Pretty much every hacking movie you’ve ever seen, whether as elaborate as The Matrix and its sequels or as horribly bad as Swordfish, comes from this novel first published in 1984. William Gibson projected the coming of the Internet with Neuormancer, his noir-styled thriller set in cyberspace (a term he coined). Several terms from The Matrix come directly from its pages, such as “matrix” (what we now know as the Internet itself) and “jacked in.”
Neuromancer concerns Case, a former data thief whose nervous system is wrecked by his former employers so that he can’t directly interface with the matrix. He’s relegated to living in a domed slum outside of Tokyo working as an errand boy for some future underworld. Along comes Molly, she of the cybernetically enhanced eyes and fists (metal blades under the nails) and enhanced ninja skills. Molly works for a strange man named Armitage who recruits Case to do what he was born to do – go directly into the matrix and steal data. They’ll even fix his nervous system for him. Case buys in and is soon on his way to a space station run by a secretive clan of wealthy aristocrats who make the Rothschilds look like the Brady Bunch.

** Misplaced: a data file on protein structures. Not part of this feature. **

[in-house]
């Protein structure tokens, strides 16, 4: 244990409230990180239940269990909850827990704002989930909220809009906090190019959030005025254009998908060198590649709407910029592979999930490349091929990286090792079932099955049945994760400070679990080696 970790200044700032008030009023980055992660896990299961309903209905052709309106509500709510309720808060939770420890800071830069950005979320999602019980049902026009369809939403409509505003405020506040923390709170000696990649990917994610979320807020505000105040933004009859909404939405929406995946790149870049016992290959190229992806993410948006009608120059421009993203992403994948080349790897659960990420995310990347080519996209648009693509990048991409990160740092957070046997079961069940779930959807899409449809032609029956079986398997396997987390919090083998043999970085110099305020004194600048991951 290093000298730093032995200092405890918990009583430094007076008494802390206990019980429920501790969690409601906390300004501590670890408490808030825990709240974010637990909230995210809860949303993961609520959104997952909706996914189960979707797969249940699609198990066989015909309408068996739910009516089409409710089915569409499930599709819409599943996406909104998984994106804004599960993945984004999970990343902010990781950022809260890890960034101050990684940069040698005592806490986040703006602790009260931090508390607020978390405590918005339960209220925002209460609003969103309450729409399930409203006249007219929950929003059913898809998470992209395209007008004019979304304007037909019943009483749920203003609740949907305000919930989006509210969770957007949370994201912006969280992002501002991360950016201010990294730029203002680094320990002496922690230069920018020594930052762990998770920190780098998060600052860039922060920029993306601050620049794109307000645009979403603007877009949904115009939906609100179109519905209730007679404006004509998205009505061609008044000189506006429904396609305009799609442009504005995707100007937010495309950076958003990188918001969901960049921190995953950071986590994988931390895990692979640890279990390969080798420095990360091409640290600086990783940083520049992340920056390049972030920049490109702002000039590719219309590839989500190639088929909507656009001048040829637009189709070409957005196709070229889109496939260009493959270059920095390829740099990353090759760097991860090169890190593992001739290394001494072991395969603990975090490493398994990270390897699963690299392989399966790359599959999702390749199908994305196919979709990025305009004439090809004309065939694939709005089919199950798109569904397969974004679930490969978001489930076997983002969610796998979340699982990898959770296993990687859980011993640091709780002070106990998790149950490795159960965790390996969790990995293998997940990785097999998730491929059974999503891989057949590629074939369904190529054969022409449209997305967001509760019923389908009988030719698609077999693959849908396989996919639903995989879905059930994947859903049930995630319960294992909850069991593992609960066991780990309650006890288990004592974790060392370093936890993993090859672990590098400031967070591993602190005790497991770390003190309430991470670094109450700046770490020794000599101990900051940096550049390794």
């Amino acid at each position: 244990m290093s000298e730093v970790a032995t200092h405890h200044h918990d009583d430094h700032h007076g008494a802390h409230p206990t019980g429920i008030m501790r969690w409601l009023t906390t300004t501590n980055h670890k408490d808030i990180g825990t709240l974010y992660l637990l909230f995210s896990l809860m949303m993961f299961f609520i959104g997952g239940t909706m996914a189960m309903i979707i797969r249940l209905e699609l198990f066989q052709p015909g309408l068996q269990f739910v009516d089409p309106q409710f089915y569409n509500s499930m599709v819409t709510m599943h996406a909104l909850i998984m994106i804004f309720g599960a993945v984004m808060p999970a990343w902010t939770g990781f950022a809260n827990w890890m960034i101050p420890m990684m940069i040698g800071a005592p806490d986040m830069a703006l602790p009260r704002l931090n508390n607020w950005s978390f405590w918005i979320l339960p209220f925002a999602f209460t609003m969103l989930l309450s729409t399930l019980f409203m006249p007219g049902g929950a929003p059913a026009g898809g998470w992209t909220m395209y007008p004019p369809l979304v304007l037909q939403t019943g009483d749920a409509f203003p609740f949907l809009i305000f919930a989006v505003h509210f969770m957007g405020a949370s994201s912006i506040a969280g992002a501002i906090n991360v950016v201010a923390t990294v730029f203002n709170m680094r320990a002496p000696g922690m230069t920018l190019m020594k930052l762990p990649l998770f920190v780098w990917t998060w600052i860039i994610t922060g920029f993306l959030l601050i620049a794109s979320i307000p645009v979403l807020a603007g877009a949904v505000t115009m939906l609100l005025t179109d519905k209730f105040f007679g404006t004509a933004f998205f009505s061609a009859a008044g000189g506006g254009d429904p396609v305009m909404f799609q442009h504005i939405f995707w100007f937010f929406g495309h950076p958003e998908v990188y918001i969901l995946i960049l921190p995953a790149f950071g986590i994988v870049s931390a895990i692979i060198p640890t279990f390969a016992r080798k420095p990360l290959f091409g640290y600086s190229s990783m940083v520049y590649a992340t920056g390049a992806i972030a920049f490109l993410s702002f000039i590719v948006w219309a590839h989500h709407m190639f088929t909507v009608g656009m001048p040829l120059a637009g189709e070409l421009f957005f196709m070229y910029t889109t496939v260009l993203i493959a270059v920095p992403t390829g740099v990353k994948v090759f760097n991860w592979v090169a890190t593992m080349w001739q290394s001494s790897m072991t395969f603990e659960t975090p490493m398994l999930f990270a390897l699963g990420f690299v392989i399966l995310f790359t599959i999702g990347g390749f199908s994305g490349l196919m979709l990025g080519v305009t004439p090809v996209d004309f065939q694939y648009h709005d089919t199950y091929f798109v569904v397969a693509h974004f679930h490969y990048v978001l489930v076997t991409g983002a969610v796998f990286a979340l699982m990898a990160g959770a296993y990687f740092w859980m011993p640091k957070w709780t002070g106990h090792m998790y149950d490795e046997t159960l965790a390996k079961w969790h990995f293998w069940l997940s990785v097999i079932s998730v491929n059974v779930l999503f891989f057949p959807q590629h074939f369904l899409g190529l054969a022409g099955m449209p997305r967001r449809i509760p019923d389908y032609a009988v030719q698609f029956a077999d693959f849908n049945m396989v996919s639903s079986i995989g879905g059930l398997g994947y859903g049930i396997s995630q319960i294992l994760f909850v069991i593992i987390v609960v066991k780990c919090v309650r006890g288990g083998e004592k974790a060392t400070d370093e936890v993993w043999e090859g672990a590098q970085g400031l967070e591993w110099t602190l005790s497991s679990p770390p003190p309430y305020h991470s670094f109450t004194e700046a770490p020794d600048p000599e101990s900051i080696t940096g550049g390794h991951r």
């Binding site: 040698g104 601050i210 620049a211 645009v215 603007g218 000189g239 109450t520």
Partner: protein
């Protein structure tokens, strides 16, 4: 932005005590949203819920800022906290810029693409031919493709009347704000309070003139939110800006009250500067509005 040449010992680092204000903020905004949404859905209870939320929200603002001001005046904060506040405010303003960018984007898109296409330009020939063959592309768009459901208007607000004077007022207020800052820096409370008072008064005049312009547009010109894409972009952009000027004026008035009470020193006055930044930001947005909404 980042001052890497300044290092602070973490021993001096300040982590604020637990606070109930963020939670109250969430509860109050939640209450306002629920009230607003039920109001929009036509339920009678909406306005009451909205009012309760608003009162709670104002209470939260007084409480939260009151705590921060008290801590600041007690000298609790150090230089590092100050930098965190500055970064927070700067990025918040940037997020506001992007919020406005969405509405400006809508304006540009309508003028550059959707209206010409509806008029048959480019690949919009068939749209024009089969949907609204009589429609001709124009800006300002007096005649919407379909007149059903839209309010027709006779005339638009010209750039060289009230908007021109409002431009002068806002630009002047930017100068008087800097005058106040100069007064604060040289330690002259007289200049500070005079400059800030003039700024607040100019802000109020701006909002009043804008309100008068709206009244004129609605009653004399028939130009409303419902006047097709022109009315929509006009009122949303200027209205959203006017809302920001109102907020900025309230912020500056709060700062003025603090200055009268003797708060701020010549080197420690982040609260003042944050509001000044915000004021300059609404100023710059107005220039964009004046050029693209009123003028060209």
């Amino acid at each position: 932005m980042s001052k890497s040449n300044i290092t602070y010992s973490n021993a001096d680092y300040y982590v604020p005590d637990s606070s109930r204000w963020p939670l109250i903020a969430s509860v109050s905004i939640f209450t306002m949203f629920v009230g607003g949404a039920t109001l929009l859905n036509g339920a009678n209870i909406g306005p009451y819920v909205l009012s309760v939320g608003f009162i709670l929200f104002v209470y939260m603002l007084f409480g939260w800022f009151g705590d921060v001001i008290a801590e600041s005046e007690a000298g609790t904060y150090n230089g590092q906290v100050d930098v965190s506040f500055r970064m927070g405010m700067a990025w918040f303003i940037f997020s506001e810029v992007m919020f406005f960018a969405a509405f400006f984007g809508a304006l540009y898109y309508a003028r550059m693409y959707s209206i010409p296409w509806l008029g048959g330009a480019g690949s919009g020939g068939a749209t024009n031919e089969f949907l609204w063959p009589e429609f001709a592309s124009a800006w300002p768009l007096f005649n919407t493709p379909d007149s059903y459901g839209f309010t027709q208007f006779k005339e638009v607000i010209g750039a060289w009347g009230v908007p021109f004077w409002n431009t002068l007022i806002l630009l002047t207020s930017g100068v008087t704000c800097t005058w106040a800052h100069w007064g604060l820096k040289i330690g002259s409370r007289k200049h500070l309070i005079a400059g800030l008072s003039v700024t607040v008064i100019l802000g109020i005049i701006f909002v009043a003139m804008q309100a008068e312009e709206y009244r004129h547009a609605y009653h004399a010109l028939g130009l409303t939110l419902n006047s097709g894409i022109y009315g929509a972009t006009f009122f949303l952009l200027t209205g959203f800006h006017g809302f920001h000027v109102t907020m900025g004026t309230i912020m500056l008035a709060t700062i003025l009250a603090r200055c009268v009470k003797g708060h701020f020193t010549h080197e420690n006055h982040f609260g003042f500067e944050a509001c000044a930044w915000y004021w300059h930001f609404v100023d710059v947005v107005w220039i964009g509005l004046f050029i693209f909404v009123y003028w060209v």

Along the way, it becomes apparent that Armitage is not what he appears. In fact, Armitage is a manufactured personality grafted onto a shell of a man who is a tad insane. The real employer is an enigmatic AI named Wintermute. Wintermute is smarter than most flesh-and-blood humans, one step ahead of everyone. Case is confused, though. His attack on the mainframe Wintermute wants cracked will destroy him. Or it, though Wintermute presents himself to Case as a male, preferring the image and voice of an associate of Molly’s called “the Finn.”
A bizarre novel by even today’s standards, it was very far ahead of its time when it appeared in the mid-1980’s. The only thing remotely resembling it at the time was Blade Runner, and Gibson even worried he might be seen as ripping off that movie. Indeed, the way data is depicted in this novel was almost impossible to imagine back in 1980, when Gibson first conceived of the idea.
One thing Neuromancer does is shake the cobwebs off of science fiction, cut out a lot of the fat built up by Star Wars and Star Trek and throw a lot of its stodgy and more pretentious conventions out the window. Gibson wrote a nasty noir novel involving a computing environment that barely existed back then. (The first spammer actually typed in the name of everyone on the network manually.) Gibson’s is a dirty, damaged future, dystopic to be sure, but lived in.